Erickson worked with a woman he called “Inhibited Ann.” Shortly before bedtime she’d start gasping and choking, which interfered with sex. She insisted that the lights be out, so she could undress in the bathroom, put on a long robe, head to toe, come into the bedroom in the dark and get into bed with her husband. After finding out that Ann loved to dance, Erickson said, “You know, you could dance into the bedroom in the nude.” And then he said, “We don’t want to give him heart failure,” implying, “We do want to give him something else.” Then later in the session Erickson says, “You really could dance into the bedroom in the nude. You’d be in the dark with all the lights out, so your husband can’t see anything, and he’d never know.” She danced in the nude in the dark, and then crawled into bed feeling like a little school girl, giggling about doing something so daring. Giggling implied not gasping, and not gasping implied availability for sex.
Once Erickson worked with a professor of music who fainted any time he tried to go onstage to give a piano performance. Finally he was going to be fired from the university if he didn’t perform. So Erickson said, “OK, ahead of time, put down towels of different colors all the way from backstage up to the piano. Then as you walk onstage, decide which one you’re going to faint on.” Involving the professor in a decision process implies that he won’t be attending to whatever thoughts had made him faint in the past. Since fainting is elicited unconsciously, the implication is he won’t faint at all. And since you have to faint where you are, not somewhere else, thinking about fainting there implies not fainting here.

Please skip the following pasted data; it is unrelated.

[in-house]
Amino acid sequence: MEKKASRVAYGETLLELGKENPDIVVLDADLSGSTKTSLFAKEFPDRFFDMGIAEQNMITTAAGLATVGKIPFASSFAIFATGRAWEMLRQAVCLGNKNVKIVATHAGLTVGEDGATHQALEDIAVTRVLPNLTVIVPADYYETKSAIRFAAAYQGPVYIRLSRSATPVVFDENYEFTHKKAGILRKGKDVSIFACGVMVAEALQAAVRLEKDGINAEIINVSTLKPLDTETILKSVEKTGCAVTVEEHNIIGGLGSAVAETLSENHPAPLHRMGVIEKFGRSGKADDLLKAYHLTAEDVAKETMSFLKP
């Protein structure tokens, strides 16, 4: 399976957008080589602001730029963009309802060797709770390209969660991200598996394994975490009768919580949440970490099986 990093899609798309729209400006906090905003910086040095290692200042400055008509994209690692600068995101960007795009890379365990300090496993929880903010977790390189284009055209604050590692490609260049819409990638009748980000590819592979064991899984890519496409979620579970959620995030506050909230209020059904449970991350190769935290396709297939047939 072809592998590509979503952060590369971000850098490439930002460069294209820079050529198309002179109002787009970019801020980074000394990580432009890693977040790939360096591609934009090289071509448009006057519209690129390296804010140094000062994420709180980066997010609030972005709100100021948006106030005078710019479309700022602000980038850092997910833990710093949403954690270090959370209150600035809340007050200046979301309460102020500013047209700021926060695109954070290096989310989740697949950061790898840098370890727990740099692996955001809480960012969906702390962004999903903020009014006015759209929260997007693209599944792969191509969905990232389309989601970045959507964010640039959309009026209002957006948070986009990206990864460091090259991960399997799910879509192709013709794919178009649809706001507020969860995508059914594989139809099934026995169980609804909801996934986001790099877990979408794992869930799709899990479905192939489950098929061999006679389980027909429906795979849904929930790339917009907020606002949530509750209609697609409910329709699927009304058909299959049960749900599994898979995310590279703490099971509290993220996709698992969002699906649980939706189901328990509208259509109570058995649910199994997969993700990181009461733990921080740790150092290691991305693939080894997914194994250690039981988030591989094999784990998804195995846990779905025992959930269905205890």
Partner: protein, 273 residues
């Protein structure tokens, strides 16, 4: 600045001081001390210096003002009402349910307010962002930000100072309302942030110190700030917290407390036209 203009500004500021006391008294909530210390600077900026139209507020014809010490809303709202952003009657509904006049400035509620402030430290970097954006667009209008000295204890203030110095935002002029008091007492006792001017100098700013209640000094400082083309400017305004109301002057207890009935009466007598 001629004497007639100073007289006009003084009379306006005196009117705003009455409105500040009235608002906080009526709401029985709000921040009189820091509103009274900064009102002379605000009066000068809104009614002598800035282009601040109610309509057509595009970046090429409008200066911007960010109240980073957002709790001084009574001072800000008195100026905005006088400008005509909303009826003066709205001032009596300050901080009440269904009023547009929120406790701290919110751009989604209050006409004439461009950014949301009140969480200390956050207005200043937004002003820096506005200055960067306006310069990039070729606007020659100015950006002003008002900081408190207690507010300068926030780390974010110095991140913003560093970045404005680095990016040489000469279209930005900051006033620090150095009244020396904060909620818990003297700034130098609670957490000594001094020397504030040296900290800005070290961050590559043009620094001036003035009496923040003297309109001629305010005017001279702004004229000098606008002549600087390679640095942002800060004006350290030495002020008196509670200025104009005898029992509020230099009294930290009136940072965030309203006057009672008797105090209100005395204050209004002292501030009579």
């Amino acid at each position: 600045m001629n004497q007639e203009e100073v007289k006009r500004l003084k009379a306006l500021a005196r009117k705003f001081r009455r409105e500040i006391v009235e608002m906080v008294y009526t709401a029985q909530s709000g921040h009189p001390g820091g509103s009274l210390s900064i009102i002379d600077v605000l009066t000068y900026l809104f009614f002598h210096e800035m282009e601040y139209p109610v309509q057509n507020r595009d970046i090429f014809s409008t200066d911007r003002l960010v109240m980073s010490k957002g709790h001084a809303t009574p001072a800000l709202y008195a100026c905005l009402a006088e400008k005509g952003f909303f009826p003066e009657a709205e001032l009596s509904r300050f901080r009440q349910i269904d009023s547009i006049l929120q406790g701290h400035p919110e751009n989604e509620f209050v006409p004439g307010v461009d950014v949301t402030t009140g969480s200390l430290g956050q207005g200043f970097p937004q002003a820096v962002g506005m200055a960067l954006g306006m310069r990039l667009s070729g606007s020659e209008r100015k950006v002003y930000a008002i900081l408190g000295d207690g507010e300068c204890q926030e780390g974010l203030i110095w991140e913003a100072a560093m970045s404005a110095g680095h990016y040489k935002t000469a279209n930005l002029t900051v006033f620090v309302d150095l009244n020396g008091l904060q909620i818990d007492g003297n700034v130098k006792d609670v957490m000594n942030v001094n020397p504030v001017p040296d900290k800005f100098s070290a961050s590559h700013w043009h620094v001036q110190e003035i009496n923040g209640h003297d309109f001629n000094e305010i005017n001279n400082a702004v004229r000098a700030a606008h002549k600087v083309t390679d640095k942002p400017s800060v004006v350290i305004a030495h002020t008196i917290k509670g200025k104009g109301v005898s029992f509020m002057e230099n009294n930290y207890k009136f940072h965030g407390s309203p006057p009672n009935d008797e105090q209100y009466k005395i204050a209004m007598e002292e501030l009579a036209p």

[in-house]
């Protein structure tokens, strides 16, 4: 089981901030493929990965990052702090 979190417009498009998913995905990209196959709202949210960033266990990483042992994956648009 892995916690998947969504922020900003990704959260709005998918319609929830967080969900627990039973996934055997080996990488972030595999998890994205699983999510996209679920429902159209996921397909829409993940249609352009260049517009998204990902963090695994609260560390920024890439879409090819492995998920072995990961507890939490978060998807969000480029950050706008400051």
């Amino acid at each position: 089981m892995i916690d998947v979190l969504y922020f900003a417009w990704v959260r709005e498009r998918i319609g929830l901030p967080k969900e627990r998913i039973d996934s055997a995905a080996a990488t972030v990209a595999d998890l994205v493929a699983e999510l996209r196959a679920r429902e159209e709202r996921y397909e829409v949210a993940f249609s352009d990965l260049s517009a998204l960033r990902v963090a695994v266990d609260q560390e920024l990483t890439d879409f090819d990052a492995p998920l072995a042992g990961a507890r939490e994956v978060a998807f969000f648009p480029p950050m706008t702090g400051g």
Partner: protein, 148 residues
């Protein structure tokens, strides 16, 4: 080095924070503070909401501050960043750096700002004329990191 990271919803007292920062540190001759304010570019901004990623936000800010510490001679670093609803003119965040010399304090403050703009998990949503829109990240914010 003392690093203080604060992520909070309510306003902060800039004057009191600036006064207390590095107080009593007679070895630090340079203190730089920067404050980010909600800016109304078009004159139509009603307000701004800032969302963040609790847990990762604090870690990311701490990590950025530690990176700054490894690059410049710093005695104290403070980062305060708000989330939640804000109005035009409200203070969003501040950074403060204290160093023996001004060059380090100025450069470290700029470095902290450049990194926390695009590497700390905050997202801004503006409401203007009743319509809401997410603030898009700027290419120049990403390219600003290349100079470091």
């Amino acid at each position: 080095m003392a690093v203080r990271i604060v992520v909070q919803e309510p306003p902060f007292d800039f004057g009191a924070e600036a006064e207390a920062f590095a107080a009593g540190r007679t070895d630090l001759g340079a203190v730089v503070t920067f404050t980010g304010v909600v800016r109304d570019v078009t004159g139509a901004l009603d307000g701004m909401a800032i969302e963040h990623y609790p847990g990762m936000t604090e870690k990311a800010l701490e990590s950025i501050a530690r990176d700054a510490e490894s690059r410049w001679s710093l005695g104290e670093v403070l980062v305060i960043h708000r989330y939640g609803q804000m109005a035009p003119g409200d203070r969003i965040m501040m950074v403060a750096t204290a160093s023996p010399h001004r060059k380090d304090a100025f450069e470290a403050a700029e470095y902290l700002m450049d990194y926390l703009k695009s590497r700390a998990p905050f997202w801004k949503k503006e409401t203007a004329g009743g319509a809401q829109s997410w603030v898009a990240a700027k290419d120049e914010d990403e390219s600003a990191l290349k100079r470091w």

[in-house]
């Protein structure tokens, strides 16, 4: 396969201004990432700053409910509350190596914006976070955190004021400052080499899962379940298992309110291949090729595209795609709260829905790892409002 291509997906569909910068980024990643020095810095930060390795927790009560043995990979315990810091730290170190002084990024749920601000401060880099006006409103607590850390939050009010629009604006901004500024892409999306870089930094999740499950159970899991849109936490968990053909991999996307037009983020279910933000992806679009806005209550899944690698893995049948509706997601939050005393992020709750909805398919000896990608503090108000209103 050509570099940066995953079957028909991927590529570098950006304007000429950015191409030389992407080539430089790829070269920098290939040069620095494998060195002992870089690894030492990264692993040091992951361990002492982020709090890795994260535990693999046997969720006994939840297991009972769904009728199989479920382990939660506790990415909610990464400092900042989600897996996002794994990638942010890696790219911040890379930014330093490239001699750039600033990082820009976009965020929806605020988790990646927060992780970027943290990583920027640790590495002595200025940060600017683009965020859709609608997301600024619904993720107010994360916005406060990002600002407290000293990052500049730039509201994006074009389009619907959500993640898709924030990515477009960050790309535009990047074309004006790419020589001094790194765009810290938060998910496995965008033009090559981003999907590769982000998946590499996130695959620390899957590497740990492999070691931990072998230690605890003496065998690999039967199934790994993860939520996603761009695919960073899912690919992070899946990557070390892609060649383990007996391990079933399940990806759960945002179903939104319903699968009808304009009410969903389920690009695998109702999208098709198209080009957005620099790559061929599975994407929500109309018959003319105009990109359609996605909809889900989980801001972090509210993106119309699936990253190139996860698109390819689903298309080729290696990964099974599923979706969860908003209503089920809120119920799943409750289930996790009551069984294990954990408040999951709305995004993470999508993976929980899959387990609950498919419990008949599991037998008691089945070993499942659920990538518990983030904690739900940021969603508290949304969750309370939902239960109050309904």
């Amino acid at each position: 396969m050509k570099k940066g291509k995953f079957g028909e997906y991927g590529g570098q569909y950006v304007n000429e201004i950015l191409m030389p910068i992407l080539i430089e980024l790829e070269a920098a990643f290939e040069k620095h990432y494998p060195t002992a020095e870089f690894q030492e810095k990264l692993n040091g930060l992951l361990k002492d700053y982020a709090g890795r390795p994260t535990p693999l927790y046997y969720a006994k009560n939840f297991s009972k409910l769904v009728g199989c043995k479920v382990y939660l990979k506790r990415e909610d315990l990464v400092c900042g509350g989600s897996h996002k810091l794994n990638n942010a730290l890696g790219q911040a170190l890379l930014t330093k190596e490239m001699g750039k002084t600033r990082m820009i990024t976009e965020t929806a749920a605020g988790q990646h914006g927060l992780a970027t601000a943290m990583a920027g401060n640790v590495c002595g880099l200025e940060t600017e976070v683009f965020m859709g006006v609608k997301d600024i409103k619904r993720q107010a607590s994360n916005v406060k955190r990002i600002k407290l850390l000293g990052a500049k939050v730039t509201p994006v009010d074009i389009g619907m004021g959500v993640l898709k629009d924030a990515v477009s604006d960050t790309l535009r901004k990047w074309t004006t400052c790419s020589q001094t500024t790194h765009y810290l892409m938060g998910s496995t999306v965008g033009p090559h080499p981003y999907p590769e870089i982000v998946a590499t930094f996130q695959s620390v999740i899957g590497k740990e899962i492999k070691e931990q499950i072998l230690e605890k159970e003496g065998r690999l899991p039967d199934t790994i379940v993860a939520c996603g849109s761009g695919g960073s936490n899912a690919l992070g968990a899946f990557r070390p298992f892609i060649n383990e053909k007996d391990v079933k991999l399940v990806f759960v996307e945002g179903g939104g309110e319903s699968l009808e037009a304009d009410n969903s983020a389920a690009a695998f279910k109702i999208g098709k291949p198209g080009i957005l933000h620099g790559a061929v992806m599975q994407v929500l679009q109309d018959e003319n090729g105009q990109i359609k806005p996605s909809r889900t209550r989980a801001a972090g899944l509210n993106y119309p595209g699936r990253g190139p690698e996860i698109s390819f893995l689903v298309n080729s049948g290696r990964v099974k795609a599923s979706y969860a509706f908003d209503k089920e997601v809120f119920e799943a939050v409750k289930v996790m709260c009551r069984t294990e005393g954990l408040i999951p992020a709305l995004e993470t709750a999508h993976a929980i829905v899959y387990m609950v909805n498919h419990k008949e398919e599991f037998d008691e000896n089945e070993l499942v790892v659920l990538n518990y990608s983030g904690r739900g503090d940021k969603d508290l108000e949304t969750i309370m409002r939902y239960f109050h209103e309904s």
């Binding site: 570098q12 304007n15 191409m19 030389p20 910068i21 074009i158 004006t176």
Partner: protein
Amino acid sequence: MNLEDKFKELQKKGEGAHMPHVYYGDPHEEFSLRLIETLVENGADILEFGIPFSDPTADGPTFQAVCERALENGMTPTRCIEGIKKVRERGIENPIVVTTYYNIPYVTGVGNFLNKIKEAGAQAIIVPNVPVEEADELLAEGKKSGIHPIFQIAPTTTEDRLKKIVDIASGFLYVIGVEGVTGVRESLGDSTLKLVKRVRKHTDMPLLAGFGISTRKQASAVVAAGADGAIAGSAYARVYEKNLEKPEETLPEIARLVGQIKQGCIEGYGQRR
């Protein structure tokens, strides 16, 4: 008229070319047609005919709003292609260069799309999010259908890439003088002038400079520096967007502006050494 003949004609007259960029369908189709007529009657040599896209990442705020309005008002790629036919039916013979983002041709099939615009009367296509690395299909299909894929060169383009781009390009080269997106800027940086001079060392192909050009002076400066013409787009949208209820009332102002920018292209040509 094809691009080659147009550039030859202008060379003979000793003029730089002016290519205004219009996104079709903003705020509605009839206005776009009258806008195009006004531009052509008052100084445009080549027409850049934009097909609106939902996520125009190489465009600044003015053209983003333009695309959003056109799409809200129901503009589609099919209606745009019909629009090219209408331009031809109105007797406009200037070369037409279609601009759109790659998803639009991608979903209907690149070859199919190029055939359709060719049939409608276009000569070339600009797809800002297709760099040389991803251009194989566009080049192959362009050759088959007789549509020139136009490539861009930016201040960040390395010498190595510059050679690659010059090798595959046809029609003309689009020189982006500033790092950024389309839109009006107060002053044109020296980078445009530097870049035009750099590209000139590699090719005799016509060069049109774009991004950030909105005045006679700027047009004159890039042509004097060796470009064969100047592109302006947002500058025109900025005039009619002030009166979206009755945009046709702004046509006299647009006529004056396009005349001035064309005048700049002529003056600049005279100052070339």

This same intervention saved Erickson’s life once. When he was working in a mental hospital, he walked into an elevator and locked the door behind him, before realizing that there was a murderous psychopath in the corner, who said, “I’m going to kill you.” As Erickson always did, he first paced what the psychopath said, “Oh, OK, you’re going to kill me,” as he put the key in the elevator door to unlock it. “And the only question is ‘Where do you think the best place would be for you to slaughter me?’ ” As he opened the elevator door, he pointed to the hall as he said, “Would over there be best?” The psychopath looked out in the hall as Erickson calmly walked out of the elevator, saying. “Or, maybe over there in that chair would be better. But then again, over there might be best,” as he walked down the hall toward the nurse’s station, and safety. Since there is not where he can be slaughtered, he distracted the psychopath from killing him where he was.
Learning about implication is like opening another set of eyes and ears, seeing and hearing in a whole new dimension. It’s spooky the things you can become sensitive to, particularly nonverbal implication, and I think that Erickson’s unparalleled ability to “read” people was largely due to his ability to notice and use implication. In earlier issues of the Newsletter I have written more extensively about both verbal and nonverbal implication. (Vol. 23, No. 1; Vol. 24, No. 1; Vol. 24, No. 2)
* Edited from a dialogue between Jeff Zeig and Steve Andreas “Experiential Approaches: The Power of Implication” at the 2014 Brief Therapy Conference. BT14-D02. Published in the Milton Erickson Foundation Newsletter, Vol. 35, No. 2 Summer/Fall 2015 p. 8.
©2000-16 Steve Andreas